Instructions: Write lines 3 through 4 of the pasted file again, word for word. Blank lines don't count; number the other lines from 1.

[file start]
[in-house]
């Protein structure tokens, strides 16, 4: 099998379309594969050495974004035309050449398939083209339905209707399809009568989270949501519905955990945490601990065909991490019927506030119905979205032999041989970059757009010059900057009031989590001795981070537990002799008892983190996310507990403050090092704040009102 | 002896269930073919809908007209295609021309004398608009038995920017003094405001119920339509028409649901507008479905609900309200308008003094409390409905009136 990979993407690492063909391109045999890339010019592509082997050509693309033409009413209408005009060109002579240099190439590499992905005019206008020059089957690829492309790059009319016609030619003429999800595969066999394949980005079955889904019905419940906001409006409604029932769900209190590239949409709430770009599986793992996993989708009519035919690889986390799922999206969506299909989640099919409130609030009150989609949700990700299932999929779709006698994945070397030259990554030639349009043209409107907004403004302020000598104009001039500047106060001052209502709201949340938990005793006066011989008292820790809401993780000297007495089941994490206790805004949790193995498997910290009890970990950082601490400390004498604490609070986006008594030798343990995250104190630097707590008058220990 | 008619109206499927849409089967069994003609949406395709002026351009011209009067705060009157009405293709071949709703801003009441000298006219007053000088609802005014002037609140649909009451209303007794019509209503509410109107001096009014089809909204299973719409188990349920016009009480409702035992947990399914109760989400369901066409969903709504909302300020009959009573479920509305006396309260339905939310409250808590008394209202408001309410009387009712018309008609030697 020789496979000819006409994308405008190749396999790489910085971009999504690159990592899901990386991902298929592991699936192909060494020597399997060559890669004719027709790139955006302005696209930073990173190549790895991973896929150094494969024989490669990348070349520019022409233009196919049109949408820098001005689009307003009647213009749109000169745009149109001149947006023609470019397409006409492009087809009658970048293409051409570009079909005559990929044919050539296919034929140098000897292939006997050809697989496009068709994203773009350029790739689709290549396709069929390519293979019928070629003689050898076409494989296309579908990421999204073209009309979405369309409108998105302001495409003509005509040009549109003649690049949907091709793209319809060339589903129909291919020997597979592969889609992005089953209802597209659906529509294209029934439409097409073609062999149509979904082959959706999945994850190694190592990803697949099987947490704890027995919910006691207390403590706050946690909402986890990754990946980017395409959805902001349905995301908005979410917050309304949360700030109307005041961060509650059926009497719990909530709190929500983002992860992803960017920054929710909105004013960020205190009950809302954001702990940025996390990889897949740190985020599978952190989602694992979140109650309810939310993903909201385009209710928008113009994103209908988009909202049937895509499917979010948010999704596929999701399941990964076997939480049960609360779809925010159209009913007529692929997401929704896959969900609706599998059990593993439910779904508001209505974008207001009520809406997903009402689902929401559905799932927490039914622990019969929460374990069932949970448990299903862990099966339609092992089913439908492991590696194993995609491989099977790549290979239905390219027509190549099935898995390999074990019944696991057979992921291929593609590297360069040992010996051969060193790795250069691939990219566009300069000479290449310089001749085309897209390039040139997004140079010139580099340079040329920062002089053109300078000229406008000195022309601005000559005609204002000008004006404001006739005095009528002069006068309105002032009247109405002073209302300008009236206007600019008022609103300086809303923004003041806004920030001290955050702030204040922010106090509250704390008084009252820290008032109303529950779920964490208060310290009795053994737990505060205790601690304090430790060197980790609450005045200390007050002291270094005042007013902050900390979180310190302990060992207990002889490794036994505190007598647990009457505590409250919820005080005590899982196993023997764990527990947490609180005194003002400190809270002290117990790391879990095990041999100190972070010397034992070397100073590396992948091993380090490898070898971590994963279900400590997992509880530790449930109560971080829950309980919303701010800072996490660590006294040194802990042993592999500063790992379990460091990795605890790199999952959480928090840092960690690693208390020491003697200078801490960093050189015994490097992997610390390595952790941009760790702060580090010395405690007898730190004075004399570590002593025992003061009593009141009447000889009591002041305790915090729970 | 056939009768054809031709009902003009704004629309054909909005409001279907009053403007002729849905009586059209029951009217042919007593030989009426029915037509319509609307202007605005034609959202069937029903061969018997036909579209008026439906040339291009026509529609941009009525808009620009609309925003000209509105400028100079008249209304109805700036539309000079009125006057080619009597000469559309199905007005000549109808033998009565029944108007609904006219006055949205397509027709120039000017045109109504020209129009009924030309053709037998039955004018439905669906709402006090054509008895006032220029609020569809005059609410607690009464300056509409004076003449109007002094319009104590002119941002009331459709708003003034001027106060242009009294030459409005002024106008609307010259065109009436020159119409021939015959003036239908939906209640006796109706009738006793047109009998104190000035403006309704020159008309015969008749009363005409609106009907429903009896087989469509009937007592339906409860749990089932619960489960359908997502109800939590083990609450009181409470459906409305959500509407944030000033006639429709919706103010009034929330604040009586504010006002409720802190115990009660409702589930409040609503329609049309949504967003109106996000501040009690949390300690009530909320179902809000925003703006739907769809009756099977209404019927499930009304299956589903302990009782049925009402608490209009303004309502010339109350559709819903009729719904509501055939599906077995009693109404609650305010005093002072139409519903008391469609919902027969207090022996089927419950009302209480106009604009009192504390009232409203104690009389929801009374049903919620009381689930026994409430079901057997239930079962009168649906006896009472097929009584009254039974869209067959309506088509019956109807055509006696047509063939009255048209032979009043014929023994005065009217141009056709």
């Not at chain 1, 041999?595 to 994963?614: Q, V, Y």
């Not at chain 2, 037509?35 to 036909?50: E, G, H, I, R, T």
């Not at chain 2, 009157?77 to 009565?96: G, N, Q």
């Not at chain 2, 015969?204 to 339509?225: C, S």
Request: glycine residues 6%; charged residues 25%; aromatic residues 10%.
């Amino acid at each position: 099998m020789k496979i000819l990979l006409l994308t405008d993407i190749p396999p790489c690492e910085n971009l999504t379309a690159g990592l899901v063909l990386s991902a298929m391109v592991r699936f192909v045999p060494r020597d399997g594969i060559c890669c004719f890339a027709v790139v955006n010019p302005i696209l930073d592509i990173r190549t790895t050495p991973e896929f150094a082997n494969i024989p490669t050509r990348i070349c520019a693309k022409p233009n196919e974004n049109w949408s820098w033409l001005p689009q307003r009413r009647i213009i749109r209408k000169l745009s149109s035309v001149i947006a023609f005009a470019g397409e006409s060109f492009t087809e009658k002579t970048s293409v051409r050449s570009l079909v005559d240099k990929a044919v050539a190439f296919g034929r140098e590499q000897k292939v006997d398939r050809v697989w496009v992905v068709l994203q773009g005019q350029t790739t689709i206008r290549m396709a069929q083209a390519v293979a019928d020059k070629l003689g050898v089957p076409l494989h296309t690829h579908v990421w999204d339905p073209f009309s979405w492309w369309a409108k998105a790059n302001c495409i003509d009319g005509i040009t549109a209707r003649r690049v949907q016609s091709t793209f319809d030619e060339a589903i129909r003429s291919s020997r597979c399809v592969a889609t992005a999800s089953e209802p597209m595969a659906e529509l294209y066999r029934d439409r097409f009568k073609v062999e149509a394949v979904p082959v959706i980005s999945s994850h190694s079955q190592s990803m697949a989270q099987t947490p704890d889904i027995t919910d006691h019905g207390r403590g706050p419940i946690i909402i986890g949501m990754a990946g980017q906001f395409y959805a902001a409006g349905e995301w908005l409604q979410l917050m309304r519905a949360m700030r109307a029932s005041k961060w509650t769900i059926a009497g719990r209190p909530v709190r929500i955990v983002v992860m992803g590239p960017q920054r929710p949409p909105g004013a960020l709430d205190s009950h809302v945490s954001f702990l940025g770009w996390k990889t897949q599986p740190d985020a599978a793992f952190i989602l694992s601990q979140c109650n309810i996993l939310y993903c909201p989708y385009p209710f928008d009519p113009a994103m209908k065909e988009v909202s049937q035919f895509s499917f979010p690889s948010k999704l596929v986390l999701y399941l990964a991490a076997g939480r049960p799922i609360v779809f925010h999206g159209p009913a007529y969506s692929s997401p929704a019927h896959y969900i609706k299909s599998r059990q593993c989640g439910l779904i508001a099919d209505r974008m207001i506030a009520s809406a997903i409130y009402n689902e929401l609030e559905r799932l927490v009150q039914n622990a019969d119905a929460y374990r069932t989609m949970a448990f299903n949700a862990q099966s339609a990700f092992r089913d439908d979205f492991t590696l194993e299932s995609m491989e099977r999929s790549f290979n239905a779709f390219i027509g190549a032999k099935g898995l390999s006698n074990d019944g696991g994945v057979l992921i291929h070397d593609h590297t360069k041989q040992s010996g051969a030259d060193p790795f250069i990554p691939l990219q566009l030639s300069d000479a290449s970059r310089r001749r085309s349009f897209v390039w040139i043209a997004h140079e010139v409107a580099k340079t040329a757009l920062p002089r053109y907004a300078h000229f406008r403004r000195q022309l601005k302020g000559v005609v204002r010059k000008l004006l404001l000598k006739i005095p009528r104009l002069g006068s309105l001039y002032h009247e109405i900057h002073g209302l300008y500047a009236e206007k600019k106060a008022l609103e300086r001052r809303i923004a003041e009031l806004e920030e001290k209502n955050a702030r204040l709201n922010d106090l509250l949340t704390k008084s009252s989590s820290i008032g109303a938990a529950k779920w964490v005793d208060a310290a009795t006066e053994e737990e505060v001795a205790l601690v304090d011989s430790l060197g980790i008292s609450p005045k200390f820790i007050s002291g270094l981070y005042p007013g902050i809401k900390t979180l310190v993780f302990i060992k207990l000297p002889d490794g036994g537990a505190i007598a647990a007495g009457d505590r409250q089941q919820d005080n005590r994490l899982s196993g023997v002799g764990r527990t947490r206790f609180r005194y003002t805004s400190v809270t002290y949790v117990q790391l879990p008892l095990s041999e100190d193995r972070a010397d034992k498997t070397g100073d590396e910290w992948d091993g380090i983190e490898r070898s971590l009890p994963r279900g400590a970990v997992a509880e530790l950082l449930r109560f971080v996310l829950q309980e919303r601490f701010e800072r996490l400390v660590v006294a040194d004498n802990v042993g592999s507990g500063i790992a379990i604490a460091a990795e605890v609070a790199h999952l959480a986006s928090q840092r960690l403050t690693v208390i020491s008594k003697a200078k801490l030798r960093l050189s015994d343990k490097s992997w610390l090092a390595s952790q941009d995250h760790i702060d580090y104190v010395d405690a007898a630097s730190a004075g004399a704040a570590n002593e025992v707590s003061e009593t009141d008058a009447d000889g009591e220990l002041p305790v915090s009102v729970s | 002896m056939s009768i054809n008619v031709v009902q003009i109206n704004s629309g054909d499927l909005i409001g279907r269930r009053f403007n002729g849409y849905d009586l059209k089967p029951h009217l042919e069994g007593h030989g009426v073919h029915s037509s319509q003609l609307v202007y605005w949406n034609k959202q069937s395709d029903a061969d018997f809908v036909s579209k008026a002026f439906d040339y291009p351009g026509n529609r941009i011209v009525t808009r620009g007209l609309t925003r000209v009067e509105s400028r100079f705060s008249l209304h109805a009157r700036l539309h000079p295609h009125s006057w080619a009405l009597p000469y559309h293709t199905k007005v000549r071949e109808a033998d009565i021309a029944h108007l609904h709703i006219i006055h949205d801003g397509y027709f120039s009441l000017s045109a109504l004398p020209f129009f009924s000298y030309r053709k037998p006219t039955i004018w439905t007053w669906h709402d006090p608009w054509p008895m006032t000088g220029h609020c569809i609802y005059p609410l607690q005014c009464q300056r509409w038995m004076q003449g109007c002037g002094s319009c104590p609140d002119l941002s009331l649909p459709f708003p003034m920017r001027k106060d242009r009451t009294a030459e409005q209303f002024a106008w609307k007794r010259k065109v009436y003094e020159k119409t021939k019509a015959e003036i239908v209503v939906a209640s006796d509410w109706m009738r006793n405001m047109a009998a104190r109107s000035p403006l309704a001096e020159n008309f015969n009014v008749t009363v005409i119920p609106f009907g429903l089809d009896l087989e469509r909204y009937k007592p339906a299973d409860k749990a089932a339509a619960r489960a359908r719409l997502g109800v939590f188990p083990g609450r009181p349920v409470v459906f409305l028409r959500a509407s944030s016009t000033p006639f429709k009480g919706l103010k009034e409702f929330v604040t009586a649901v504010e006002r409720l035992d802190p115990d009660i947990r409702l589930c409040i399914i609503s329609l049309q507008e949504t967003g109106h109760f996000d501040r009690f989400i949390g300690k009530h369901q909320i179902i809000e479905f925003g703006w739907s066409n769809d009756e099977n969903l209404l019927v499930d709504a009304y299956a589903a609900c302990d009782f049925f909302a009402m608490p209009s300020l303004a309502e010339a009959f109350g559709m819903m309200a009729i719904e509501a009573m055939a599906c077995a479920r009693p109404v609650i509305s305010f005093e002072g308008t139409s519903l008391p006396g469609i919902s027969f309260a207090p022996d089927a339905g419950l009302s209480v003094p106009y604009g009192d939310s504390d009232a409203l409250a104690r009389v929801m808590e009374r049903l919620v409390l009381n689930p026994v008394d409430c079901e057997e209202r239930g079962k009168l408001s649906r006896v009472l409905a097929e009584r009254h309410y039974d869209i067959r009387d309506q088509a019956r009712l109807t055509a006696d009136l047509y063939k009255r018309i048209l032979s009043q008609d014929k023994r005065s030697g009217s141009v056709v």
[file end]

């Not at chain 1, 041999?595 to 994963?614: Q, V, Y």
């Not at chain 2, 037509?35 to 036909?50: E, G, H, I, R, T």